Mexican druglord imprisoned in Chicago will be moved

October 6, 2011 4:43:20 AM PDT
One week after a U.S. judge ordered that a federal prisoner in Chicago be allowed outside recreation, the inmate is still locked up in solitary confinement.

In this Intelligence Report: Why the Mexican druglord will be moved to a new prison facility.

Despite a week-old court order, Bureau of Prison officials apparently consider Vincente Zambada such a sniper risk that they don't have any way to protect him if they let him exercise with other inmates on the roof of the downtown Metro Correctional Center.

So, the plan is that Zambada will be moved to some other facility in order to keep him alive or prevent a rooftop escape.

Even on this 79 degree sunny day, there was no sign of the druglord on the MCC's rooftop sports court. Wednesday afternoon, only a few inmates were visible beneath the wire netting intended to defeat a helicopter escape.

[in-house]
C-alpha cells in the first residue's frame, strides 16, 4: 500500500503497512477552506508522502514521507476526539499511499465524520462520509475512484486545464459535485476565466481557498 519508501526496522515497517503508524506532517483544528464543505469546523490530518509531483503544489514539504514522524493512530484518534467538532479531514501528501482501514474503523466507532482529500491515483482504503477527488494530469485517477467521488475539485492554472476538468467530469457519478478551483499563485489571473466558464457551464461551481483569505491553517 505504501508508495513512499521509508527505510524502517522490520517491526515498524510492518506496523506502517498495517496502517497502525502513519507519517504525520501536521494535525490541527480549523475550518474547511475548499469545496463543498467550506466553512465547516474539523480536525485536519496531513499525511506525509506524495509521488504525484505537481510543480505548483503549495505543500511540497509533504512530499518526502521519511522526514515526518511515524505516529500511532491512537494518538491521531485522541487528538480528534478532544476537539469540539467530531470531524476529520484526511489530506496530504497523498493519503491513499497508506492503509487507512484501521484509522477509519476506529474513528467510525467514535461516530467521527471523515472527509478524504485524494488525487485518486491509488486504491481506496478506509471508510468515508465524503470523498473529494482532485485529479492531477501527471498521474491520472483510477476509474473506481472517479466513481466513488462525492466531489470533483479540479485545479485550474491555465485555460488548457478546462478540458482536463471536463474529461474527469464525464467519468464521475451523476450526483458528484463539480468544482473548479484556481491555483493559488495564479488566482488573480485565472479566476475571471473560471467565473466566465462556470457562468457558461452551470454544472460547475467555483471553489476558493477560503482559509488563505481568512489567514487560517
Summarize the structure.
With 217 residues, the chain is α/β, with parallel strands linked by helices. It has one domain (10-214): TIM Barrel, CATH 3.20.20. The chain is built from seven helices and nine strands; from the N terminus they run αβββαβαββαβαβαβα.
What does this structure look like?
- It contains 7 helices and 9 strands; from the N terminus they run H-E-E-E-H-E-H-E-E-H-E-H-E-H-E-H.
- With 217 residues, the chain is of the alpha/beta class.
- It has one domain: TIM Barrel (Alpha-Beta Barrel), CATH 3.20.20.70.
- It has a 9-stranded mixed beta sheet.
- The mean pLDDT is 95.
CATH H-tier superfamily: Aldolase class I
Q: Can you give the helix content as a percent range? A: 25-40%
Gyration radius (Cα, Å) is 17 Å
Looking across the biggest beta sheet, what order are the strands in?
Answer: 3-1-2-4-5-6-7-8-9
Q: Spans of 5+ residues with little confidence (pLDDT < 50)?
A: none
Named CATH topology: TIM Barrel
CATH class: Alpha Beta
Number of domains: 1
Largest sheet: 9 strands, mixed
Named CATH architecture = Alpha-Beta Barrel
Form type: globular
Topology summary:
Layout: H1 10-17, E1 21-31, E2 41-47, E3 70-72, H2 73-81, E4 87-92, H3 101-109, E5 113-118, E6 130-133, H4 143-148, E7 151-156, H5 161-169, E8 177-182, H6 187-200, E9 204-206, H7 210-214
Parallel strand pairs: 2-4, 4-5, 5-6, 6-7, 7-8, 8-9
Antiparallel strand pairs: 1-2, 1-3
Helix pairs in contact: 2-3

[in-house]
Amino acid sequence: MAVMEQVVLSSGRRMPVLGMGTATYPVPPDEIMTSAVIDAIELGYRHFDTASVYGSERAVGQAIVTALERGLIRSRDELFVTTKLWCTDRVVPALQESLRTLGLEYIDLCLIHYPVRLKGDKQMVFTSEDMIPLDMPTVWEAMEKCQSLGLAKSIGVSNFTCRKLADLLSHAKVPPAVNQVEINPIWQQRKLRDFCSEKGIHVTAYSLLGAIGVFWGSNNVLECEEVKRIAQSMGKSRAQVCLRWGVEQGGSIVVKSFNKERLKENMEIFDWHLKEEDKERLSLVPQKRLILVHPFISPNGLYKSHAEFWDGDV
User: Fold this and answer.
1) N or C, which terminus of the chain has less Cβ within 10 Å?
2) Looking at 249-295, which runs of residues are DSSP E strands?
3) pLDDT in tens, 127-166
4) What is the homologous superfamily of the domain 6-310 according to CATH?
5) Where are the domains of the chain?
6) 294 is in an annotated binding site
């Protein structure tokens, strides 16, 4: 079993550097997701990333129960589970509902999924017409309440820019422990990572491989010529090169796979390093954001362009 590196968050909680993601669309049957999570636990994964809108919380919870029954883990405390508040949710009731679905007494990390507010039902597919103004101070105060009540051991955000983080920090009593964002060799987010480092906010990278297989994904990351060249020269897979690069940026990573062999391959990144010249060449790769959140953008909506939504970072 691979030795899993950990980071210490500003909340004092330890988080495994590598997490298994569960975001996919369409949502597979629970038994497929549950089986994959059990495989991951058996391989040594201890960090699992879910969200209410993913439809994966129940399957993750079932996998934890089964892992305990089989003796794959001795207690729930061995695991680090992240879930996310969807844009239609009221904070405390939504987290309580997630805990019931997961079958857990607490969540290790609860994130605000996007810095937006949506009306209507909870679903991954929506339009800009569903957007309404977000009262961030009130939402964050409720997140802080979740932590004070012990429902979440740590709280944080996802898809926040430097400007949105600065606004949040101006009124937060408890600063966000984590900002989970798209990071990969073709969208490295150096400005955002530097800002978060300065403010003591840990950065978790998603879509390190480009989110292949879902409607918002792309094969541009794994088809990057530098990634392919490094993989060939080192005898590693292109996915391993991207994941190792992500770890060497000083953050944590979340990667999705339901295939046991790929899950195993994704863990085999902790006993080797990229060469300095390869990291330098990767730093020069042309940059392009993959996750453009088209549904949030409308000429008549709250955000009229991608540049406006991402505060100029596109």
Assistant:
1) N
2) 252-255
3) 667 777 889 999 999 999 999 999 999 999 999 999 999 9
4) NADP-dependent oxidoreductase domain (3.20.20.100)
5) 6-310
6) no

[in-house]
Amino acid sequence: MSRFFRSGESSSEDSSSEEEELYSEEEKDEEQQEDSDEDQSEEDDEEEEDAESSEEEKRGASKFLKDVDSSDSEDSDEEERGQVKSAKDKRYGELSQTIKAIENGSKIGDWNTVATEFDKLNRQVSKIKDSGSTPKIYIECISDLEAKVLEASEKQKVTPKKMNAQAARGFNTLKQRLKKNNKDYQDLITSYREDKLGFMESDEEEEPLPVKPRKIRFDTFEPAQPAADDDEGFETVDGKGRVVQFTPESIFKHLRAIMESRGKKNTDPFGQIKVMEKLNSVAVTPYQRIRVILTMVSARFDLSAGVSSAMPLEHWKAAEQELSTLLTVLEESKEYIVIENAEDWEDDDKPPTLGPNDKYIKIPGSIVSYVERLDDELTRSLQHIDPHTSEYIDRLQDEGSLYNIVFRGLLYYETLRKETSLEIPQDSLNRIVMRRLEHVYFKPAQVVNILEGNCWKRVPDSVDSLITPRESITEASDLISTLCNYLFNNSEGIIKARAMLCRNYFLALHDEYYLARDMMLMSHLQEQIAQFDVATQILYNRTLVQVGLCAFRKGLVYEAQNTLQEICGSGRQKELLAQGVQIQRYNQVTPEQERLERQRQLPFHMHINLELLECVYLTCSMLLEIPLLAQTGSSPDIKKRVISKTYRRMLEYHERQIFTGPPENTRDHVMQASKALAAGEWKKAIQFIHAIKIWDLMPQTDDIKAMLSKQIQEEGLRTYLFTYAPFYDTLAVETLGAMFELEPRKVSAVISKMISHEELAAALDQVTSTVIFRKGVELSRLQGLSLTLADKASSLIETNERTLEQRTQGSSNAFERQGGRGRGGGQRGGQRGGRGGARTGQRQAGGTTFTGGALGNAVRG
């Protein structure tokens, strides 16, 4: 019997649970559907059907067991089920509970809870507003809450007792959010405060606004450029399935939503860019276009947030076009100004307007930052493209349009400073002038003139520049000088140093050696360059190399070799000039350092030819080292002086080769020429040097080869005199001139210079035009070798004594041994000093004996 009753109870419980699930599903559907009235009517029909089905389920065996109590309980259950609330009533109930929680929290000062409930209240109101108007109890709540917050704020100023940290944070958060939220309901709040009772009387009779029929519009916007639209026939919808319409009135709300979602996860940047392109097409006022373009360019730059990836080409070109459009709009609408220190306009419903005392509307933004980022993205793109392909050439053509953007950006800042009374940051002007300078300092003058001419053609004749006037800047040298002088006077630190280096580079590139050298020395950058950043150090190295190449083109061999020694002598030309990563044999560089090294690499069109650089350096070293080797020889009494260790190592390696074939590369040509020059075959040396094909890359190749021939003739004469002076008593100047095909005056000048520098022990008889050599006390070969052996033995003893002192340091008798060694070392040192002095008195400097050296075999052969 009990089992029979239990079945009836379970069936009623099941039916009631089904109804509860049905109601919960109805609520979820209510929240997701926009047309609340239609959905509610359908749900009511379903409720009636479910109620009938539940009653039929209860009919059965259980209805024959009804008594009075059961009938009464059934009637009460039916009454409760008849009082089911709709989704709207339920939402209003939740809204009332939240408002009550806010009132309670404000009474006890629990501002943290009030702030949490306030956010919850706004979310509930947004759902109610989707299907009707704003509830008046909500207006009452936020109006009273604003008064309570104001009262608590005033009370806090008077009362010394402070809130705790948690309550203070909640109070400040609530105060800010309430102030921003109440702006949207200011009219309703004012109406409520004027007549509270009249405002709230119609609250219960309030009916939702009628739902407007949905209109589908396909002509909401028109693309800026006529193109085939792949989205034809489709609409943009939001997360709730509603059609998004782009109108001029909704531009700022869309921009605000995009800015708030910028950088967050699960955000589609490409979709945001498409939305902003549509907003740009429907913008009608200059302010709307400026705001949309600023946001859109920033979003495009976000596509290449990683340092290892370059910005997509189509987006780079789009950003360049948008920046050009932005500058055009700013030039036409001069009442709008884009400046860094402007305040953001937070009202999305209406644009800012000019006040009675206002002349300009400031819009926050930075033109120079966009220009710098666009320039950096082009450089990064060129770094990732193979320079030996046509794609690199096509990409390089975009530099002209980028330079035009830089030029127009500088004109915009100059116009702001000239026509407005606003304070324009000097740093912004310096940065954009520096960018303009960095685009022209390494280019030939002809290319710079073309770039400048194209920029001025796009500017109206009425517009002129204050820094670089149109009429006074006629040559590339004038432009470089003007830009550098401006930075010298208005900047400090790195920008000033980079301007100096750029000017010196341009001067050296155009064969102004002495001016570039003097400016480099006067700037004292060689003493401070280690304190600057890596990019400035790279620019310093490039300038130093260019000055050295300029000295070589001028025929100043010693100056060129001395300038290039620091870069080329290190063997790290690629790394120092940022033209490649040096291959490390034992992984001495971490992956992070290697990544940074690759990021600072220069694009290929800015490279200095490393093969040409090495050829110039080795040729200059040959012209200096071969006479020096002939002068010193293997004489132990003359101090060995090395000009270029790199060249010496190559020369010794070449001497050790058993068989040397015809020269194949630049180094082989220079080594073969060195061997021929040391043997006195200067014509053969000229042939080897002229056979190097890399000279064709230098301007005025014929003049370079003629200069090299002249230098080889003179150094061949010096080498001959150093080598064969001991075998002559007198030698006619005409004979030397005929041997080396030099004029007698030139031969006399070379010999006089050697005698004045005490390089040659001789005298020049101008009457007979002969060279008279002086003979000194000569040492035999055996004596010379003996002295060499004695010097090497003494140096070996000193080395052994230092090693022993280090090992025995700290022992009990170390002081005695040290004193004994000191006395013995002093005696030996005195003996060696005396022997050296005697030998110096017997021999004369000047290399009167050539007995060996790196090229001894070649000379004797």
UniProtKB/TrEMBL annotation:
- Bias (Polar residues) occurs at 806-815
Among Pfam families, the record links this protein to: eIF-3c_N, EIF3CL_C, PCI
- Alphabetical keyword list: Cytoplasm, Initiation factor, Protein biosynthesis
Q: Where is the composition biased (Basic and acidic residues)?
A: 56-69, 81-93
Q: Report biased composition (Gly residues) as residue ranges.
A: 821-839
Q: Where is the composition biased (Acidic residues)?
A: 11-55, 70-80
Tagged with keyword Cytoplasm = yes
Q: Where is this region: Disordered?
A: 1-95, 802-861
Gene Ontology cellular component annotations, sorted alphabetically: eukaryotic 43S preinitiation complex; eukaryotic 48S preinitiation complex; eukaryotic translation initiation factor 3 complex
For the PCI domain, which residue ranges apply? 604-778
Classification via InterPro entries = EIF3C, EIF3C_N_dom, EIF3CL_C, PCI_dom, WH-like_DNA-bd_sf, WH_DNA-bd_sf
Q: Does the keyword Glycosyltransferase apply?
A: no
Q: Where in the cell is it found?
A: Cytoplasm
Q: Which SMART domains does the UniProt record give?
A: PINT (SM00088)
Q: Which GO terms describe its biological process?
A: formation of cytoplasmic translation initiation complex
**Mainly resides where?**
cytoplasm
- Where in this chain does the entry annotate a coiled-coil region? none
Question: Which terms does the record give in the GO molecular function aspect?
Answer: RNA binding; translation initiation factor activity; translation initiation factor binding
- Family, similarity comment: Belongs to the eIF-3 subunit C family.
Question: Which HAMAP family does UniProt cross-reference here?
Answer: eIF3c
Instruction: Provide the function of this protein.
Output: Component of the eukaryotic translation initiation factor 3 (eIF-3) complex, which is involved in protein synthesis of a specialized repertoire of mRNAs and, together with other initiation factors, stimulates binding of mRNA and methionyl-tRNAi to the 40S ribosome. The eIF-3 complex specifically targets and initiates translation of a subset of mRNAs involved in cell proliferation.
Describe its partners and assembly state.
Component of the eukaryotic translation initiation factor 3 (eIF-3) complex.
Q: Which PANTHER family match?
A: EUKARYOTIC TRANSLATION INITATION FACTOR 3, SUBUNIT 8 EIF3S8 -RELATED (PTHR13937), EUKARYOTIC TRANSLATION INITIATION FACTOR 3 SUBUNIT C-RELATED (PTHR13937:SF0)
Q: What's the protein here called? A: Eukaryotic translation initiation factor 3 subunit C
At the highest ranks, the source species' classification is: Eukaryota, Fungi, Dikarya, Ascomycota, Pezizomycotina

Jesus Vicente Zambada-Niebla -- that's his full name -- is the underboss of the Sinoloa drug cartel in Mexico, a ruthless organization that has used choppers in the past to extricate their leaders from prison.

But it is the larger possibility of a sniper picking off Zambada were he allowed onto the rooftop for an hour of exercise that has officials concerned. The MCC playground 27 stories up is surrounded by high-rises. Because the rooftop offers such a kill zone, federal prison officials and prosecutors have kept Zambada locked up in solitary confinement for more than a year and a half.

Defense lawyers last week convinced Judge Ruben Castillo to allow Zambada out for exercise. But, Wednesday, federal authorities told Castillo they are trying to comply with the order by moving the prison to a different facility.

Warden Catherine Linaweaver has said in an affidavit that Zambada would be an "easy target...attacks could be staged" from nearby high-rises or his cartel cohorts might effectuate an escape. The threat, she claims, would risk the lives of staff, public and Zambada himself.

Zambada is charged with trafficking more than a billion dollars in cocaine and heroin. His trial is scheduled for next February.

Zambada claims that he is covered by an immunity deal between Mexico and the U.S.; that because cartel leaders provided federal agents with information about rival drug gangs, he should go free. A new government filing states Zambada is not a cooperating witness.

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